• Sensorineural hearing loss: When the tiny hairs that pick up sound, called stereocilia, are damaged by loud sound they are usually destroyed. Usually, this is a chronic, progressive and permanent form of hearing loss. Because of this, individuals are usually encouraged to prevent this type of hearing loss by wearing ear protection. Even though sensorineural hearing loss is permanent, it can be effectively managed with hearing aids.
  • Mixed hearing loss: It sometimes happens that somebody will experience both conductive and sensorineural hearing loss at the same time. This can sometimes be challenging to treat because the hearing loss is coming from different places.
  • Auditory Neuropathy Spectrum Disorder: ANSD is a relatively rare condition. When sound is not effectively transmitted from your ear to your brain, this kind of hearing loss happens. ANSD can normally be managed with a device known as a cochlear implant.

The desired results are the same even though the treatment solution will vary for each form of hearing loss: to improve or maintain your ability to hear.

Variations on hearing loss kinds

And there’s more. Any of these common types of hearing loss can be further categorized (and more specifically). Here are some examples:

  • High frequency vs. low frequency: You may experience more trouble hearing high or low-frequency sounds. Your hearing loss can then be classified as one or the other.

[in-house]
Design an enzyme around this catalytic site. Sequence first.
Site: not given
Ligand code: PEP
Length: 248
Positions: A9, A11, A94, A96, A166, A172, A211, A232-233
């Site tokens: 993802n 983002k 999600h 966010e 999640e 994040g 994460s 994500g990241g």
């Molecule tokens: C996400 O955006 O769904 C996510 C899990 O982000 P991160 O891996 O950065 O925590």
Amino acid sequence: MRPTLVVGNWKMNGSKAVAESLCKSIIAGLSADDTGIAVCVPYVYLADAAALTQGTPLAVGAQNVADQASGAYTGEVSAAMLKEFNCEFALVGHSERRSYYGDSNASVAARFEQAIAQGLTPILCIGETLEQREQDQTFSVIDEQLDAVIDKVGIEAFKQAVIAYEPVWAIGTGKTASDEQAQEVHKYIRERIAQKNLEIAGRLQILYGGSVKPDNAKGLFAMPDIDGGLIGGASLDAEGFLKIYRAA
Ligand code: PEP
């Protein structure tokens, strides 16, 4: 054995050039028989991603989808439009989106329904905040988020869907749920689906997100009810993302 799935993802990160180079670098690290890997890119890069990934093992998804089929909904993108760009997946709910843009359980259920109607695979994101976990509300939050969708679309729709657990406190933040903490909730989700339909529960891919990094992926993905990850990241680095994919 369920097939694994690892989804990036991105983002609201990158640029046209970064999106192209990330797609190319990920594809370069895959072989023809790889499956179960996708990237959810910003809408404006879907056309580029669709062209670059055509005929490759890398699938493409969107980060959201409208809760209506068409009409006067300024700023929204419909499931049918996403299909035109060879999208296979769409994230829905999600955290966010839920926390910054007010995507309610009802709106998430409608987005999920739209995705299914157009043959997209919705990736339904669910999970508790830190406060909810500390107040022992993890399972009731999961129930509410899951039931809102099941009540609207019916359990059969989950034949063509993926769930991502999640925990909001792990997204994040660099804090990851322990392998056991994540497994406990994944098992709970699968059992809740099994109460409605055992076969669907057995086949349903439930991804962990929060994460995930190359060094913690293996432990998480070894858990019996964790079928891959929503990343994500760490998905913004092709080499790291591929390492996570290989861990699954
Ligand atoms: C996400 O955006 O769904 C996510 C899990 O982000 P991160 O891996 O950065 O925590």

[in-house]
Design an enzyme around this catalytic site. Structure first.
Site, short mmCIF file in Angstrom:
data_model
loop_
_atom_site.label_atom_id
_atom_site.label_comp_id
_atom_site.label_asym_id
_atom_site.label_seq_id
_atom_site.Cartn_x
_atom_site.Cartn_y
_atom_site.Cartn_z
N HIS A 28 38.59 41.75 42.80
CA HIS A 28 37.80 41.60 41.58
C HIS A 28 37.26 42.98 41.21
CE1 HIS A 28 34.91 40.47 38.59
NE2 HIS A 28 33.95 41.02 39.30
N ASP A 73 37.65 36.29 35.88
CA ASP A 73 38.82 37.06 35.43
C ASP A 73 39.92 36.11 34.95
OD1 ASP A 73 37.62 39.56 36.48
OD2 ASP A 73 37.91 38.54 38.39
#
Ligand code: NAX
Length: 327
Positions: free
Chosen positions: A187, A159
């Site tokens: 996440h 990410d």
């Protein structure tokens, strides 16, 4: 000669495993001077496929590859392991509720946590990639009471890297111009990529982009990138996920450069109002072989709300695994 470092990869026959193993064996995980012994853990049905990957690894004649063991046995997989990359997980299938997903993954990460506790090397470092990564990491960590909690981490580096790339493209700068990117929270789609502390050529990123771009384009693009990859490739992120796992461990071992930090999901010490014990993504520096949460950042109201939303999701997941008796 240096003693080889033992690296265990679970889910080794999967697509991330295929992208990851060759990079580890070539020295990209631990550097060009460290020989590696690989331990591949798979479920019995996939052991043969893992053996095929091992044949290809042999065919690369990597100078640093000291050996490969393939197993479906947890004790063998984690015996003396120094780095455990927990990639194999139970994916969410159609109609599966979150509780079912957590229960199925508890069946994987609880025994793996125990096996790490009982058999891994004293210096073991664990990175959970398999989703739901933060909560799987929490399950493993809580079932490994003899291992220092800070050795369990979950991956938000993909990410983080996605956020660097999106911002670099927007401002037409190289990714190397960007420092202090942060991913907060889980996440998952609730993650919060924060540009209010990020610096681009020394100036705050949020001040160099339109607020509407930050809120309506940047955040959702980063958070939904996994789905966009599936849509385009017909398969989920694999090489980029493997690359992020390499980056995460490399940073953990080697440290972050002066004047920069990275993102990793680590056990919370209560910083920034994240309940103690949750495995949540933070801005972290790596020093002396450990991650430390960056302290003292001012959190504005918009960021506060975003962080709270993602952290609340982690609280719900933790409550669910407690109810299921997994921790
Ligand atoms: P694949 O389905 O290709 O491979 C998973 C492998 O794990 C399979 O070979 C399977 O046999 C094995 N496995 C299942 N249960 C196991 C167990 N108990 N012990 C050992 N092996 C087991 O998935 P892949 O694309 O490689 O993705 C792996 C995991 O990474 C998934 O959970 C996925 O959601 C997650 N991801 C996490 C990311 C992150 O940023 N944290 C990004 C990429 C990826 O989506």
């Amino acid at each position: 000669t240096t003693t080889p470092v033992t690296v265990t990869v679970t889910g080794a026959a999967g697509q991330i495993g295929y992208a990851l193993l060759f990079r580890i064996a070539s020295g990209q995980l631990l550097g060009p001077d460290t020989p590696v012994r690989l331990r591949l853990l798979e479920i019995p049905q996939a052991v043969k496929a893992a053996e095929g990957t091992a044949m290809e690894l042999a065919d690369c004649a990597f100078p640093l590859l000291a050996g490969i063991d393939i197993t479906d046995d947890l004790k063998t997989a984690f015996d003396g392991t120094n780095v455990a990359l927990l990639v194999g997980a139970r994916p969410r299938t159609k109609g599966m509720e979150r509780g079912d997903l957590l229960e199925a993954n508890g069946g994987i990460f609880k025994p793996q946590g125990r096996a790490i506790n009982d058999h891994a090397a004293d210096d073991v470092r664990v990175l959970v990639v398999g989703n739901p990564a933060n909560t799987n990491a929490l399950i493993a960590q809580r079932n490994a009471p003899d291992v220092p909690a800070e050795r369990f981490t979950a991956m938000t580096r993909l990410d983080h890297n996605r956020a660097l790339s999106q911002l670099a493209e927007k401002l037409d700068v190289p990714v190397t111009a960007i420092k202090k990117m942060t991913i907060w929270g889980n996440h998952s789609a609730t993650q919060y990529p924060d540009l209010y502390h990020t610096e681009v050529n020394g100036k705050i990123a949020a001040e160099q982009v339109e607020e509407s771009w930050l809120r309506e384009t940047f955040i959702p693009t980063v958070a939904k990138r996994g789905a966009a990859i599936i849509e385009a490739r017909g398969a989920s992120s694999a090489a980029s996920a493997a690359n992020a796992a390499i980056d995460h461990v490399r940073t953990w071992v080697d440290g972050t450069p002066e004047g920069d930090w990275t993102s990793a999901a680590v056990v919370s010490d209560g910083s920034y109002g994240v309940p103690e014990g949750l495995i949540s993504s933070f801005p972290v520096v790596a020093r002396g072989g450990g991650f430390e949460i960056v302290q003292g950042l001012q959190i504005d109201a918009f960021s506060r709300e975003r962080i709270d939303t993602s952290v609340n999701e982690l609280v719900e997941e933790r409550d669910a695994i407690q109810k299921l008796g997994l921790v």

• Fluctuating or stable: If your hearing loss tends to come and go, it may be referred to as fluctuating. If your hearing loss stays at roughly the same levels, it’s known as stable.
  • Progressive or sudden: You have “progressive” hearing loss if it gradually worsens over time. If your hearing loss occurs all at once, it’s called “sudden”.
  • Acquired hearing loss: If you experience hearing loss as a result of external causes, such as damage, it’s known as “acquired”.
  • Symmetrical or asymmetrical: If your hearing loss is the same in both ears it’s symmetrical and if it isn’t the same in both ears it’s asymmetrical.
  • Pre-lingual or post-lingual: Hearing loss is known as pre-lingual when it develops before you learned to talk. Hearing loss is post-lingual when it develops after you learned to speak. This can have ramifications for treatment and adaptation.
  • Congenital hearing loss: Hearing loss you were born with.
  • Unilateral or bilateral hearing loss: It’s possible to develop hearing loss in one ear (unilateral), or in both (bilateral).

That might seem like a lot, and it is. But your hearing loss will be more effectively treated when we’re able to use these classifications.

A hearing test is in order

So how do you know which type, and what sub-type, of hearing loss you have? Unfortunately, hearing loss isn’t really something you can accurately diagnose by yourself. As an example, is your cochlea working correctly, how would you know?

But you can get a hearing test to determine exactly what’s going on. It’s like when you have a check engine light on in your car and you take it to a qualified auto technician. We can help you identify what type of hearing loss you have by connecting you to a wide range of modern technology.

So the best way to figure out what’s happening is to make an appointment with us today!


The site information is for educational and informational purposes only and does not constitute medical advice. To receive personalized advice or treatment, schedule an appointment.

Questions? Talk To Us.